• Boys need 2800 kcal per day
  • Foods to Avoid
  • High-sugar snacks
  • Fatty foods

Eating Through the Life Cycle
  • Teens
  • Nutritional Needs
  • Eat more carbohydrates.
  • Females need more calcium and iron.
  • Foods to Avoid
  • Avoid fried and saturated fats, excessive salt
    and sugars.

Eating Through the Life Cycle
  • Adulthood
  • Dilemma
  • Need for nutrients but less calories
  • Need for exercise but no time
  • Solution
  • Choosing a variety of healthful, low-calorie food
  • Making regular physical activity a priority

Eating Through the Life Cycle
  • Older Adults
  • (50 years)
  • Nutritional Needs
  • More vitamin B6, B12, and vitamin D and calcium.
  • Follow dietary guideline daily.
  • Foods to Avoid
  • Eat no more than two meals per week of fish high
    in mercury.
  • No unpasteurized cheese, raw fish, raw milk, soft
    cheese, lightly cooked egg, raw meat or poultry
    or raw sprouts.

Eating Through the Life Cycle
  • Older Adults
  • Good nutrition longer life
  • Why
  • Should choose nutrient-dense foods
  • Thirst signals decline therefore adults need make
    sure to get 8-8oz cups a day

Eating Through the Life Cycle
  • Older adults
  • Men over 51 need 2300 calories per day
  • Women over 51 need 1900 calories per day
  • Problems
  • Low income
  • Disabilities
  • Depression

Foods IObj. 4.02 Nutrition and Chronic
5.02F Nutrition and Chronic Conditions
Nutrition and Chronic Conditions
  • The following chronic conditions may be affected
    by managing ones eating patterns include
  • High Blood Cholesterol
  • Hypertension/High blood pressure
  • Obesity
  • Diabetes
  • Osteoporosis
  • Eating Disorders
  • Anorexia Nervosa
  • Bulimia Nervosa
  • Binge Eating

Special Diets High Blood Pressure
  • A risk factor for heart disease
  • 1 killer of women in US
  • Reduce sodium and saturated fats
  • Diet rich in calcium, potassium, and magnesium

Special Diets High cholesterol
  • Causes
  • Eating Fatty (saturated fats) foods
  • Eating High cholesterol foods
  • Lack of Fiber in the diet
  • Increase risk of heart disease and stroke
  • Symptoms
  • Elevated blood pressure
  • Elevated HDL/LDL levels
  • Foods to include
  • Low-fat or Fat-free
  • Whole grains
  • Lean meats
  • Fish
  • Fresh fruits and vegetables
  • Foods to avoid
  • Partially hydrogenated oils
  • Processed snack foods
  • Highly marbled meats

Special DietsDiabetesType II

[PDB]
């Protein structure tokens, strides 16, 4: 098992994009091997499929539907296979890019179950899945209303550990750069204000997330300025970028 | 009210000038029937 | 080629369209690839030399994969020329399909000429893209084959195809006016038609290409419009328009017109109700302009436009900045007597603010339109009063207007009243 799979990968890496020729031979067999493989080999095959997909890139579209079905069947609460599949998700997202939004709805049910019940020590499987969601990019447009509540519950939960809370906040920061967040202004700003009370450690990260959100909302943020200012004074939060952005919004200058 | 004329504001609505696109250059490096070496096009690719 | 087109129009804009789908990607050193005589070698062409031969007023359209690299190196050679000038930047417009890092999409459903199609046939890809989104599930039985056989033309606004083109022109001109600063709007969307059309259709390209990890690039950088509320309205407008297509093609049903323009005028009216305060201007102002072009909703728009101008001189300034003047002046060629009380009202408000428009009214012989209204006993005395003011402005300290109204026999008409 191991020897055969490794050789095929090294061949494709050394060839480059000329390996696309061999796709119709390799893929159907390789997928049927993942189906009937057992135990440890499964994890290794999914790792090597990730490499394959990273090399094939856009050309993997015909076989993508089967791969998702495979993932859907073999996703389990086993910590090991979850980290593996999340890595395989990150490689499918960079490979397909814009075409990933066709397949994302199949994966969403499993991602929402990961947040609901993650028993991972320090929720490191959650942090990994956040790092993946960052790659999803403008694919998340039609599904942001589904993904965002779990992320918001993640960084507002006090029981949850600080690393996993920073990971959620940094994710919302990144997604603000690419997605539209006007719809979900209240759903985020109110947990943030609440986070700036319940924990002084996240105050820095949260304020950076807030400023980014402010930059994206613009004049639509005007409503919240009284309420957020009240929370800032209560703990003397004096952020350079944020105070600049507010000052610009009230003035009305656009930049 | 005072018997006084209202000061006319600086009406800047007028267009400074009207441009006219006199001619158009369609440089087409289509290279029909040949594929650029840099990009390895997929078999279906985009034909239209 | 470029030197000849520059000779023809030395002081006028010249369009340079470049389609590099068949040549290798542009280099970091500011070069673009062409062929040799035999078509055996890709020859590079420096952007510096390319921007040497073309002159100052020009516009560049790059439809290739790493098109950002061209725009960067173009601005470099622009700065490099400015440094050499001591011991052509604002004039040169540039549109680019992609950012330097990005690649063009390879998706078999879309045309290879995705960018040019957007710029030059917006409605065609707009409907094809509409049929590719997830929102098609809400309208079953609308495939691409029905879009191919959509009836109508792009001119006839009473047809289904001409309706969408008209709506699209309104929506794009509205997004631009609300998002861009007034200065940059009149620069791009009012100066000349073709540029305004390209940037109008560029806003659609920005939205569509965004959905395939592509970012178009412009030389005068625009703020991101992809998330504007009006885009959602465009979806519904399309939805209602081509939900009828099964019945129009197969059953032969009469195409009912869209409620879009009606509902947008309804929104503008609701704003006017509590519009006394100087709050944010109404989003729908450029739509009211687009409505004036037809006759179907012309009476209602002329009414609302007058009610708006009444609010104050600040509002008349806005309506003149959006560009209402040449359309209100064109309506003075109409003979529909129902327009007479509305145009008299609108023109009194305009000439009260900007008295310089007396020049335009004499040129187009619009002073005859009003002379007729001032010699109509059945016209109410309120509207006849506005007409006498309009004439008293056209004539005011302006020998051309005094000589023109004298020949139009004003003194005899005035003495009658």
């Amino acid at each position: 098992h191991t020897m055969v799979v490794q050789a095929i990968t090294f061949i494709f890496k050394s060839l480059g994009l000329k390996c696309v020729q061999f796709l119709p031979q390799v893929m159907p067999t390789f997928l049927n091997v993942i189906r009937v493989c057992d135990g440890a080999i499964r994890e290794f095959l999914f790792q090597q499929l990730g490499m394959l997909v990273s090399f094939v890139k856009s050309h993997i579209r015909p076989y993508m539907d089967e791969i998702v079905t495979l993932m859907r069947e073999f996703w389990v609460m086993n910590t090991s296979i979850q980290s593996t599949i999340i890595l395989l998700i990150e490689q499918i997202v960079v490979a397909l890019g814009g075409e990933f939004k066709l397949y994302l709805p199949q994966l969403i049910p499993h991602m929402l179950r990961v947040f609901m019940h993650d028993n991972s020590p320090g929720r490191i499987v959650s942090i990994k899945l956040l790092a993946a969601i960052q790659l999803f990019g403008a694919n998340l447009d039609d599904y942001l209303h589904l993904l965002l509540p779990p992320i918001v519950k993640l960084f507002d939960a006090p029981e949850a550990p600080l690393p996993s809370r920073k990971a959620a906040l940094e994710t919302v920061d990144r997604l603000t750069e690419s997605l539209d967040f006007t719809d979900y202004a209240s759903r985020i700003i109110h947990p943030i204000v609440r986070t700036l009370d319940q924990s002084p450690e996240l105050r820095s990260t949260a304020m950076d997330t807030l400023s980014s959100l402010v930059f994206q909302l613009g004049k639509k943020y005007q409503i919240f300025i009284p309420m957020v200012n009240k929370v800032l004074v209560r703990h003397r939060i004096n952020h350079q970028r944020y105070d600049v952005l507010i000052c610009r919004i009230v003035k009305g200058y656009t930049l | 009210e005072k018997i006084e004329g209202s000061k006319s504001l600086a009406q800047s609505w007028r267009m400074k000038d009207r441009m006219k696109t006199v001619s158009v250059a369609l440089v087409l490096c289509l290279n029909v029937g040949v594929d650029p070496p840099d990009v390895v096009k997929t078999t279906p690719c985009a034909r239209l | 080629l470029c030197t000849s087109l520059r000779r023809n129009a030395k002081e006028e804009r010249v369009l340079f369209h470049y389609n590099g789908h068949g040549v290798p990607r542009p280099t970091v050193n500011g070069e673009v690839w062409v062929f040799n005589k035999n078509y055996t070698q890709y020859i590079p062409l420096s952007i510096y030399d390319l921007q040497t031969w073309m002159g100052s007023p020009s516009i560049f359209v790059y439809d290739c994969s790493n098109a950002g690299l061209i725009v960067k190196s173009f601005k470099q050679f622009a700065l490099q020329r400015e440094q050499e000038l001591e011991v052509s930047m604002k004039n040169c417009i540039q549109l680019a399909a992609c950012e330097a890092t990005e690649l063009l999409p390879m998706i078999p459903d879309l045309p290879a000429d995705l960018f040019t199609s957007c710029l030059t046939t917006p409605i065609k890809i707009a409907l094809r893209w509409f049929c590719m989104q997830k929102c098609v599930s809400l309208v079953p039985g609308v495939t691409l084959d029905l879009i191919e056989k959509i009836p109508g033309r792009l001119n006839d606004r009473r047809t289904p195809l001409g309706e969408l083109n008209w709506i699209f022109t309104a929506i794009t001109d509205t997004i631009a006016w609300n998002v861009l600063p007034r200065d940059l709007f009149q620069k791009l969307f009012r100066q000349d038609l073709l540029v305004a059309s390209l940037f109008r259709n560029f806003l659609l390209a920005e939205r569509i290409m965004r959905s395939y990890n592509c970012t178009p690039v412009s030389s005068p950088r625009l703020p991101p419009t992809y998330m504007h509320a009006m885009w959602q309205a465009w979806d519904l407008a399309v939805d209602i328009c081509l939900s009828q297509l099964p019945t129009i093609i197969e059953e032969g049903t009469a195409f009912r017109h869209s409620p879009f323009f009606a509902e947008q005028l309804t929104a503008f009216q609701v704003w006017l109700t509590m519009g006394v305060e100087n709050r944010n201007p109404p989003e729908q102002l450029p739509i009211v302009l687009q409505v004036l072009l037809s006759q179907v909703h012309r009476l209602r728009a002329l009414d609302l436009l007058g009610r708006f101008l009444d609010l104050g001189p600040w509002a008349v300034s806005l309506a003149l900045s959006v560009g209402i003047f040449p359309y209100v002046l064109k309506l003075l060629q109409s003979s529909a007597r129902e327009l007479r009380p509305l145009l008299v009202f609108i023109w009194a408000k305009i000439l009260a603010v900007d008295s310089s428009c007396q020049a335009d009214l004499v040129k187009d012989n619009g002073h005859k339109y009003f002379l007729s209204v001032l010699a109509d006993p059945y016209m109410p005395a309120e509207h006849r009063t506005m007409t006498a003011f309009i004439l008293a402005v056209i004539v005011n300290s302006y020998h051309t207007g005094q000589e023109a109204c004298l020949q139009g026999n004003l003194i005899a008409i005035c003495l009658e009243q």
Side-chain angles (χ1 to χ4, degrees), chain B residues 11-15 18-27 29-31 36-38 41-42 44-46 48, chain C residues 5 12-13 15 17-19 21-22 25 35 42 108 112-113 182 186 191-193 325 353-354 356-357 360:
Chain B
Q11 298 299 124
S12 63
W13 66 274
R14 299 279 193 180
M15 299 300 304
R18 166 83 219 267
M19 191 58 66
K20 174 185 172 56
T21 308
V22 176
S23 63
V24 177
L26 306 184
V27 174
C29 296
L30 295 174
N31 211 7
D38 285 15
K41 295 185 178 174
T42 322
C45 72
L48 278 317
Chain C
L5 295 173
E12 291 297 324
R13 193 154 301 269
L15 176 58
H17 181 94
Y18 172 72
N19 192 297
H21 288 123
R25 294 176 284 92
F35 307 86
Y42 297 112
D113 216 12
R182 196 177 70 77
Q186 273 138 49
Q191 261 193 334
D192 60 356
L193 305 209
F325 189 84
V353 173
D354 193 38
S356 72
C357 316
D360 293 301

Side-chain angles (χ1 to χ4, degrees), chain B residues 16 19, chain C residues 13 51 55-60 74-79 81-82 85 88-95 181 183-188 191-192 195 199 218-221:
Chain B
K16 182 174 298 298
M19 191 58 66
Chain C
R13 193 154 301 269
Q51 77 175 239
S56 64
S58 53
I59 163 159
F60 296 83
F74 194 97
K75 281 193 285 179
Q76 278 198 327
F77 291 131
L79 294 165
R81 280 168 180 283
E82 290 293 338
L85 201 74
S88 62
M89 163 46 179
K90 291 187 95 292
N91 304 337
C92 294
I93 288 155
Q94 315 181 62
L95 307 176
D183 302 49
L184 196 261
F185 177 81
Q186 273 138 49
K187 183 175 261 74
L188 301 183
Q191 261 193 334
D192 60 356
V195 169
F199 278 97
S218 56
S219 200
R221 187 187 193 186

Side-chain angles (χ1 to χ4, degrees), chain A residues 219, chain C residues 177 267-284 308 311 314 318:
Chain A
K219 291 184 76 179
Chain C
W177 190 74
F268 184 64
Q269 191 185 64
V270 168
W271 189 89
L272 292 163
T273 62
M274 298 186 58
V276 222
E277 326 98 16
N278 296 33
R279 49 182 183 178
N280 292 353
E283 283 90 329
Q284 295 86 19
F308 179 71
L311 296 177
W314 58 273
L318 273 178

• What is it?
  • A condition in which the body cannot control
    blood sugar levels
  • If left untreated it can cause severe damage to
    the bodyespecially the kidneys, eyes, and heart
  • To controlcarbs are rationed through regular
    meals and careful food choices
  • Causes
  • Eating foods high in sugar
  • Excessive body weight
  • Low consumption of fiber
  • Symptoms
  • Excessive thirst
  • Fatigue
  • Foods to include
  • Low-sugar and sugar-free
  • Protein foods
  • Whole grains
  • Reduced-fat and fat-free
  • Foods to avoid
  • Foods that are high in sugar
  • Foods that are high in carbohydrates

  • 65 of all adults are overweight
  • Number of children under the age of 18 who are
    overweight has doubled in the last 30 years
  • Why?

  • Foods to Include
  • Smaller portions
  • Reduced-fat or fat free
  • Whole grains
  • Fish
  • Fresh fruits and vegetables
  • Foods that Impact
  • Highly processed snack foods
  • Low-fiber content
  • High-fat foods

  • Health problems
  • Excess weight added strain on bones, muscles,
    and internal organs
  • Walking and breathing take extra effort
  • Heat and humidity increase stress
  • High blood pressure, heart disease, stroke,
    diabetes, certain types of cancers
  • Over 15 can raise chance of early death

Fad Diets
  • A diet that is popular for a short period of time
  • Cabbage Diet
  • South Beach Diet
  • Fad Diets

Ideal Body Myth
  • Fashion model (female)
  • 510 120
  • Average female
  • 54 152
  • Fashion model (male)
  • 60 155
  • Average male
  • 59 180
  • Barbie Measurements


Barbies Proportions
  • Real Women
  • Average womans height is 5'4?
  • Their weight is approx. 140 lbs.
  • They wear a size 14 dress
  • Their bust is between 36? and 37? (B cup)
  • Their waist is between 30? and 34?
  • Their hips average between 40? and 42?
  • Their shoe size is estimated to be between 8.5
    and 9.5
  • Barbie (as a human)
  • Barbies height would be 7'2?
  • Her weight would be 101 lbs.
  • She would wear a size 4 dress
  • Her bust would be 39? (FF cup)
  • Her waist would be 19? (same as her head)